In the Old South, that land of white, Greek-columned houses and miles of cotton fields, there were hundreds of acres that didn't belong to cotton planters and slave owners, though they might be owned by one family. In the center of it all was the house--sometimes a many-roomed cottage, sometimes a large "shotgun house"--all the rooms attached to each other in a long row--where a generation of sons would grow up before moving away to purchase acreages of their own, build homes, marry their sweethearts and start their own families. No matter how far away they lived, however, they would always refer to that childhood home as the "Home Place", would return there during holidays, weddings, and funerals. It was their refuge, their anchor in the storm of Life.

My family had such a place. Silas Daniel Pinkney Scarborough was a yeoman-farmer, planter of cotton, corn, and millet. His farm stretched across two counties. He had a good life, a good wife, seven children. In 1864, Nimrod Ichabod, his 15-year-old enlisted in the Houston County Volunteers to fight in the "War of Secession." Shortly thereafter, he died at the battle of Cold Harbor, one of the bloodiest and unequal battles of the war, fighting against one of the assaults led by General Grant. When Silas brought his son's body home, his 12-year-old daughter, my great-great-grandmother, rode in the back of the wagon, sitting on the coffin. Silas and two of his other sons, Green and Troup, also fought in that war, leaving the farm in the hands of his wife, Laura Frances Marietta (Mittie). When his youngest daughter was born, Silas had written in his ledger, "Little Floy born today, has curly hair." While he was away fighting, Floy, still an infant, died of influenza, as did several other family members. Shortly afterward, Silas came home on leave, and never reported back to his unit. No one ever followed up on his defection; it was probably too close to the end of the war for anyone to care.

The Home Place is gone now (after the War, only 220 acres remained) but I know where it was located--across the road from my own grandfather's house, where "Cudd'n Rabun" (Scarborough) lived. Now, Rabun (my third cousin) is gone also, as is my grandfather, and the Home Place with its acres of buttercups--and the squeaky water pump which could be heard up and down Dunbar Road--have been replaced with the prefab walls of Colonial Acres, a housing development. Everything the Scarboroughs owned is gone...Gone with the wind of that terrible war...but they are still there for those who wish to remember them.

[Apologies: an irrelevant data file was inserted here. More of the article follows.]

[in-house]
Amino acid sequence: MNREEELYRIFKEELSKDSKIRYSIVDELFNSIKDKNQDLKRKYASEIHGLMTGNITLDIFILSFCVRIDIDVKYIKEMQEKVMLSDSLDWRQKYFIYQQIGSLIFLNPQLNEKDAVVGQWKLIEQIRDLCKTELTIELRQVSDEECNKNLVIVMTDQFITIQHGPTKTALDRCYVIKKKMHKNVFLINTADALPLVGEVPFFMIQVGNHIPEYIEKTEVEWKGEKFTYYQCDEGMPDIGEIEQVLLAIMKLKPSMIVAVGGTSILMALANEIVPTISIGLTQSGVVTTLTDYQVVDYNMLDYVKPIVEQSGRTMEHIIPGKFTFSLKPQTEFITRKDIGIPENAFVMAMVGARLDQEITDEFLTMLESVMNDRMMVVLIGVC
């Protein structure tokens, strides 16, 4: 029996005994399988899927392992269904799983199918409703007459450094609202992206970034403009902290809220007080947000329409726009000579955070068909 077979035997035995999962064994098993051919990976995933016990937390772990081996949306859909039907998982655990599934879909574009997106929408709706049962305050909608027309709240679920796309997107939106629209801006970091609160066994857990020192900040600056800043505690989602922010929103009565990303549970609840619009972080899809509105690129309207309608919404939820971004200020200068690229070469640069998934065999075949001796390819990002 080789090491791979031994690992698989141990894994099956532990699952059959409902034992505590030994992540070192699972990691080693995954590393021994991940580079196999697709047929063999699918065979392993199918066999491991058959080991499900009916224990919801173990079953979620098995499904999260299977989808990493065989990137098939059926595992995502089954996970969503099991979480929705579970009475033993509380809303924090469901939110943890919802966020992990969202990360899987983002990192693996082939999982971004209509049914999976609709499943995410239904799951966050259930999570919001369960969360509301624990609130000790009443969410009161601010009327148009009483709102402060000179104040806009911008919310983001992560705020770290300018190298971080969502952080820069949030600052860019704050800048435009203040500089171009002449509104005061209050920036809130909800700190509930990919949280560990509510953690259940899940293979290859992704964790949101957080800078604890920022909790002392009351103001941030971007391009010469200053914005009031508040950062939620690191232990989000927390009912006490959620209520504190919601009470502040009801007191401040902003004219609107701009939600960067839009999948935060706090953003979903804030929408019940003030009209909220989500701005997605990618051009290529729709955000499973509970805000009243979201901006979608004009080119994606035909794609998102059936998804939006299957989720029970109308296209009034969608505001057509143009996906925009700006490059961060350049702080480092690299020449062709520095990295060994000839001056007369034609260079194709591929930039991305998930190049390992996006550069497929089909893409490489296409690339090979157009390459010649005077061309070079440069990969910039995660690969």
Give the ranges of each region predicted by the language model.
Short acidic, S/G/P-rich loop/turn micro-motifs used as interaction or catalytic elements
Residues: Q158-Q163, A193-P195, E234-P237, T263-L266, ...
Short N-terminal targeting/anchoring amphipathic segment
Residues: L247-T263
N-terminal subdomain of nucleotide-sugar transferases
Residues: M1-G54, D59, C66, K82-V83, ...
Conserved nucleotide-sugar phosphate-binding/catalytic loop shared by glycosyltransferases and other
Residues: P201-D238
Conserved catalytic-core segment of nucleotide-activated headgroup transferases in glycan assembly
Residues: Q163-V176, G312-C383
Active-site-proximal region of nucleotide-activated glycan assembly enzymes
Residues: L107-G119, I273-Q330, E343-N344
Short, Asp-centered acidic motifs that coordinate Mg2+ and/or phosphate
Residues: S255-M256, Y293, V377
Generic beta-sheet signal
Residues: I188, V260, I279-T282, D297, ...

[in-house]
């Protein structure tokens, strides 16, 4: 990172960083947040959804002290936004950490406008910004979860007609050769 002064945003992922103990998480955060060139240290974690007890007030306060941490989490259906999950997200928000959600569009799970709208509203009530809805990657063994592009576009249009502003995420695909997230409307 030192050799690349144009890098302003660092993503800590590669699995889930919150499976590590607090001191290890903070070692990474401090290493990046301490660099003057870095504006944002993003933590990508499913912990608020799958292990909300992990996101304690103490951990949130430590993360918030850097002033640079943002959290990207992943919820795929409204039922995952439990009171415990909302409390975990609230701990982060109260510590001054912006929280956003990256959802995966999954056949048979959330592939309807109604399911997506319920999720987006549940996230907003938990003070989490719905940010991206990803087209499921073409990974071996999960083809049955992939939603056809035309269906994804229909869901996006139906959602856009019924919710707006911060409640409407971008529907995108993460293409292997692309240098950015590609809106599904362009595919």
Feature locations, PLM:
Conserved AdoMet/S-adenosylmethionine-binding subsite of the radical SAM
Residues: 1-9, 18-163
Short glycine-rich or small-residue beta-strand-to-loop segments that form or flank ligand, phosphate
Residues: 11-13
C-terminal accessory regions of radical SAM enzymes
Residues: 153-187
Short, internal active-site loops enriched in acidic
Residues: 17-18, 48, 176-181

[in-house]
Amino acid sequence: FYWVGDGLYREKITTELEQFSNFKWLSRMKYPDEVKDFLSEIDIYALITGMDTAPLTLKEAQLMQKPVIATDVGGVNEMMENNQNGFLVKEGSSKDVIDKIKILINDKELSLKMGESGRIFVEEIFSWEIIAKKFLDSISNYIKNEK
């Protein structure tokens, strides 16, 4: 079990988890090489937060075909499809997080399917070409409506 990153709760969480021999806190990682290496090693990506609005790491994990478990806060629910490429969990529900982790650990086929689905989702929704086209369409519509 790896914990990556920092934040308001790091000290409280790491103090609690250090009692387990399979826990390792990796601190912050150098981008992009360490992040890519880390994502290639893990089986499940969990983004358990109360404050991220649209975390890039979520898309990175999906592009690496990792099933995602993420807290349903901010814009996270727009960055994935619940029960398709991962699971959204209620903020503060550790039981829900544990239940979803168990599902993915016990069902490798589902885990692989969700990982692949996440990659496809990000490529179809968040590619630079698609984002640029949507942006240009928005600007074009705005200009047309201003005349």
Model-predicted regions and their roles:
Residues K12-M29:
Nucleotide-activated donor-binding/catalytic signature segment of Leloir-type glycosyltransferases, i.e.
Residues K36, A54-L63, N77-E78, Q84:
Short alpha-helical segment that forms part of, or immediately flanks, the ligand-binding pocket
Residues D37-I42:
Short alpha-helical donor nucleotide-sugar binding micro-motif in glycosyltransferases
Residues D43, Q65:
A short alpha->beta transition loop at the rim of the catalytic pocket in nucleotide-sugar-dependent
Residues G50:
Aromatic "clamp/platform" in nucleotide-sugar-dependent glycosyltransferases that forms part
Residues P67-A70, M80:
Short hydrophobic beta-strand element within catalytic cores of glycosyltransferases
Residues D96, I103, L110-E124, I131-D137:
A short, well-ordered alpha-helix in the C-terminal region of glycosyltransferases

That is the world I used as the background for Jericho Road, a country cherishing its memories of brave men and boys who fought for what they believed in, even if it was contrary to what their government said they should believe, a state trying to bring itself out of those memories into the Present, and meeting those memories head-on.

Wade Conyers IV is returning from another war, this one halfway around the globe in Vietnam, bringing his bride, Marcella, to his own Home Place on Jericho Road, in Sardis Crossing, Georgia. When they get there, they are met by Lonnie Bright, the youngest son of Earl Bright whose family was once the Conyers' sharecroppers. Lonnie has a bad case of hero worship but Wade, impatient to get home, brushes aside his welcome, unknowingly hurting the child's feelings. Then, he and Marcella are again on their way.

The Excerpt:

Unconscious of the esteem he'd lost in Lonnie's eyes, Wade adjusted his sunglasses. Beside him, Marcella put on her own.

"You didn't tell me you associated with White Trash."

He didn't take his eyes off the road. "I'd appreciate it if you wouldn't call the Brights that, Marci!"

His voice was quiet but she had a sudden feeling she'd overstepped herself. She'd never seen Wade angry and realized abruptly how very little she knew about her new husband's opinions and dislikes.

"Of course, Honey!" she said quickly. "Whatever you say. It's just that I'm a little surprised, that child obviously being of a lower social class and all."

"The Brights were my Great-great-Granddaddy's sharecroppers," Wade said. "When that Yankee Sherman came through here--" To Wade, like a good many Southerners of an older generation, the War--and they didn't mean Vietnam or Korea or even World War Two--was still very real. "--and burned everything and the slaves ran off, Leonidus Bright stayed and helped Great-great-Granddaddy Silas rebuild."

He took his eyes off the road long enough to glance at her.

Immediately, she was repentant, leaning across the seat and putting one hand on his shoulder. "I'm sorry, Sugah. I didn't understand. Of course, I can see how you might feel about them."

She smiled prettily and planted a kiss just under his ear, touching her tongue to his earlobe and nuzzling gently against it.

"Whoa!" He allowed the car to swerve slightly. "Better stop that, Lady, or you'll land us both in the ditch!"

Marcella giggled. "I wouldn't mind being in a ditch with you, Sugah."